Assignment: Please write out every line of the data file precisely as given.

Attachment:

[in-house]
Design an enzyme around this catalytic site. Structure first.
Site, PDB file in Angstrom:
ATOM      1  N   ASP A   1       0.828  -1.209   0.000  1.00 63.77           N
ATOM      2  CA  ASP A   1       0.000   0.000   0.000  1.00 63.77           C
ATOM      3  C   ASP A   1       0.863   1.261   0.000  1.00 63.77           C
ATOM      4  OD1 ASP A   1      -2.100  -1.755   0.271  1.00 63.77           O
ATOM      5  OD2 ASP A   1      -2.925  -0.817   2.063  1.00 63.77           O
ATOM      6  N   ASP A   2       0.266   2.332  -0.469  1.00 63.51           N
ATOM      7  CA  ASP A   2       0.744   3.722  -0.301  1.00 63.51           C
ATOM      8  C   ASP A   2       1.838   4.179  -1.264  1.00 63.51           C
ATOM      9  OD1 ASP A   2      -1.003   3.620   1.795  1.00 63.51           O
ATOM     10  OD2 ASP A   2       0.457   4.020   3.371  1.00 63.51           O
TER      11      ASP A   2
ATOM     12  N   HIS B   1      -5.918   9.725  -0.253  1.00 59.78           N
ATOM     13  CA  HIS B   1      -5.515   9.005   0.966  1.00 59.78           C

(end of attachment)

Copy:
[in-house]
Design an enzyme around this catalytic site. Structure first.
Site, PDB file in Angstrom:
ATOM      1  N   ASP A   1       0.828  -1.209   0.000  1.00 63.77           N
ATOM      2  CA  ASP A   1       0.000   0.000   0.000  1.00 63.77           C
ATOM      3  C   ASP A   1       0.863   1.261   0.000  1.00 63.77           C
ATOM      4  OD1 ASP A   1      -2.100  -1.755   0.271  1.00 63.77           O
ATOM      5  OD2 ASP A   1      -2.925  -0.817   2.063  1.00 63.77           O
ATOM      6  N   ASP A   2       0.266   2.332  -0.469  1.00 63.51           N
ATOM      7  CA  ASP A   2       0.744   3.722  -0.301  1.00 63.51           C
ATOM      8  C   ASP A   2       1.838   4.179  -1.264  1.00 63.51           C
ATOM      9  OD1 ASP A   2      -1.003   3.620   1.795  1.00 63.51           O
ATOM     10  OD2 ASP A   2       0.457   4.020   3.371  1.00 63.51           O
TER      11      ASP A   2
ATOM     12  N   HIS B   1      -5.918   9.725  -0.253  1.00 59.78           N
ATOM     13  CA  HIS B   1      -5.515   9.005   0.966  1.00 59.78           C